6: Graduate School of Architecture

General Information | Programs and Degrees Offered | Course Descriptions | Faculty

Ownership of Student Works | Applications | Master of Architecture
Master of Landscape Architecture | Special Programs | Master of Planning | Master of Architectural History
Doctor of Philosophy in the History of Architecture | Interdisciplinary Programs | Programs Abroad

Interdisciplinary Programs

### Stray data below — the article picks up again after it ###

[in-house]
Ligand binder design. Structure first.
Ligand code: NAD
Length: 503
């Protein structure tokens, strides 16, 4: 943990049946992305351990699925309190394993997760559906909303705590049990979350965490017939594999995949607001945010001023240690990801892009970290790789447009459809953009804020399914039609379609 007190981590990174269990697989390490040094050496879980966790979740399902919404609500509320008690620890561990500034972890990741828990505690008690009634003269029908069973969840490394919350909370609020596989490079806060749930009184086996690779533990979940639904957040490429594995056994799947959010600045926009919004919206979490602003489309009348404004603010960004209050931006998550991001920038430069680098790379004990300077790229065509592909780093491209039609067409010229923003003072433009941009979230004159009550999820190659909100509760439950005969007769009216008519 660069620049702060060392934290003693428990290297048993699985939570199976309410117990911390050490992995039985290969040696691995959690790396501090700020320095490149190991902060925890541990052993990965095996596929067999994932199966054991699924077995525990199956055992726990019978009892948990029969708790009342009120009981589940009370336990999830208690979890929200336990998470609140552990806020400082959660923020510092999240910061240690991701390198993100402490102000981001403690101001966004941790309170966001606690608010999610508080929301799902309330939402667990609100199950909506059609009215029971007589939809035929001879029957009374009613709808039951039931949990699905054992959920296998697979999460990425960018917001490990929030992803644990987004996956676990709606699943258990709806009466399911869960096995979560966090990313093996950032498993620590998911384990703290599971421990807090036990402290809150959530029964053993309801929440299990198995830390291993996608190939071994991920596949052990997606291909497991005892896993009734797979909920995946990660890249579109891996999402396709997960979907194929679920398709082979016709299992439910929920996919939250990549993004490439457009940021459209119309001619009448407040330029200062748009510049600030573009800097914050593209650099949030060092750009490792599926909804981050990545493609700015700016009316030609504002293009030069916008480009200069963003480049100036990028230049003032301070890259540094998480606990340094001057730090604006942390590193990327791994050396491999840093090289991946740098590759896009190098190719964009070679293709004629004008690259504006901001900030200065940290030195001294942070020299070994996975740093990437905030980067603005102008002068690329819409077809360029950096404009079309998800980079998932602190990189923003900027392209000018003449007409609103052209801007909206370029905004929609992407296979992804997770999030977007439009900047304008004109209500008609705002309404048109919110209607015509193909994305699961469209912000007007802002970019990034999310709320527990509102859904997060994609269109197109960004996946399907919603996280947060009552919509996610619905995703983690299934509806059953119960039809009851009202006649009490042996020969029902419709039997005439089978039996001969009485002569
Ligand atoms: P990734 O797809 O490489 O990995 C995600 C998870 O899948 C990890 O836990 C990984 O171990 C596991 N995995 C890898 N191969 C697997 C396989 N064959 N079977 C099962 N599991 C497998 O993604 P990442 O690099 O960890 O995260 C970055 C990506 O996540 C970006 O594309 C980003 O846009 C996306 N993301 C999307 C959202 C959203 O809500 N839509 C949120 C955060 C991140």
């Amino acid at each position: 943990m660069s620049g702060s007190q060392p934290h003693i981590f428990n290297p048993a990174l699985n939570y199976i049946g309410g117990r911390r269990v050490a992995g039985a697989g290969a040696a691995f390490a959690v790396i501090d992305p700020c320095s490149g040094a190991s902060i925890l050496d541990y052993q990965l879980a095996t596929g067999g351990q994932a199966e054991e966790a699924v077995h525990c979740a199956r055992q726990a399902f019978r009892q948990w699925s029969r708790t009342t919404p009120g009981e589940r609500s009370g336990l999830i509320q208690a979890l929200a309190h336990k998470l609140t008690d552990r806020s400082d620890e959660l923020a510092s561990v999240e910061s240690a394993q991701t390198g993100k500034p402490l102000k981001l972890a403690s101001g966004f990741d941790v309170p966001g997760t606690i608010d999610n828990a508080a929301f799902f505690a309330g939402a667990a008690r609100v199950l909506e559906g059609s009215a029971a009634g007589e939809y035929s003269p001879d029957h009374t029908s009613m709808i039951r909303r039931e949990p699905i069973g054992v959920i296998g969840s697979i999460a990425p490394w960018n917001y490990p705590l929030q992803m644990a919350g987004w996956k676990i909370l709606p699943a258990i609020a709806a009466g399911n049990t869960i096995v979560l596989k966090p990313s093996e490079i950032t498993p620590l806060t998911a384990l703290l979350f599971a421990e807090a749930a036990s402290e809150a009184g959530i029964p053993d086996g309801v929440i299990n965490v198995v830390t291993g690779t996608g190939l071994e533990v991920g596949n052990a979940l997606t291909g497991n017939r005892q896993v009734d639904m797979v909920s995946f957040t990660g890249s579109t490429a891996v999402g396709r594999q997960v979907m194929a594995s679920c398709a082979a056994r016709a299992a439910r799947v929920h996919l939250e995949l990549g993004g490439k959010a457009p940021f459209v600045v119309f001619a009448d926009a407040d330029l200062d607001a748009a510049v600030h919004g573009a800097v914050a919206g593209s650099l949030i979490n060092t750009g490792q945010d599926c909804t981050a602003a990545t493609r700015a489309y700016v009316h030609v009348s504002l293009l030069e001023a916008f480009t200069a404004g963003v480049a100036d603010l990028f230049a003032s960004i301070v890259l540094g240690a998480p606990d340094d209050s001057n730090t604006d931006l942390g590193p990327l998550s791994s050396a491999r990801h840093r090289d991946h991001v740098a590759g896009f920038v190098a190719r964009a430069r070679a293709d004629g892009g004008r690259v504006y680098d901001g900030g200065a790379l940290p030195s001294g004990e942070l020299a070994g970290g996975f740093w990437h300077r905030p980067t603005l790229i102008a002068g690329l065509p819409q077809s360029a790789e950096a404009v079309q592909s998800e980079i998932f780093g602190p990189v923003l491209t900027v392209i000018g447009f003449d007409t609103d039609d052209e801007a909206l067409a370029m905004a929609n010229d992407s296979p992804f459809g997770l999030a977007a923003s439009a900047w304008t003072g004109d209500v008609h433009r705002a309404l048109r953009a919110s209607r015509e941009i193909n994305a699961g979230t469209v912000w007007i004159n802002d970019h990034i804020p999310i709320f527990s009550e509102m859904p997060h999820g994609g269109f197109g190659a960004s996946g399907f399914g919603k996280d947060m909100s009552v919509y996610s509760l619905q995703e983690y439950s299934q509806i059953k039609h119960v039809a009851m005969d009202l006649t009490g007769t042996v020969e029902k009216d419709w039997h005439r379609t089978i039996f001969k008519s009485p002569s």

Historic Preservation Program   The interdisciplinary program in Historic Preservation offers Master's degree candidates in architecture, architectural history, landscape architecture and urban and environmental planning the opportunity to expand their professional studies through specialized training in the ethics and practice of historic preservation. Preservation has grown increasingly important in defining a civic sense of place, buttressing sustainable communities, conserving urban neighborhoods, protecting rural and scenic areas and enriching public understanding of social, cultural and architectural history. The program provides the opportunities for graduate students to develop the skills and expertise of the preservation practitioner within their own discipline while at the same time studying the breadth of preservation work in related fields. Courses in preservation are taught by faculty from all four departments in the School of Architecture and by distinguished visiting practitioners.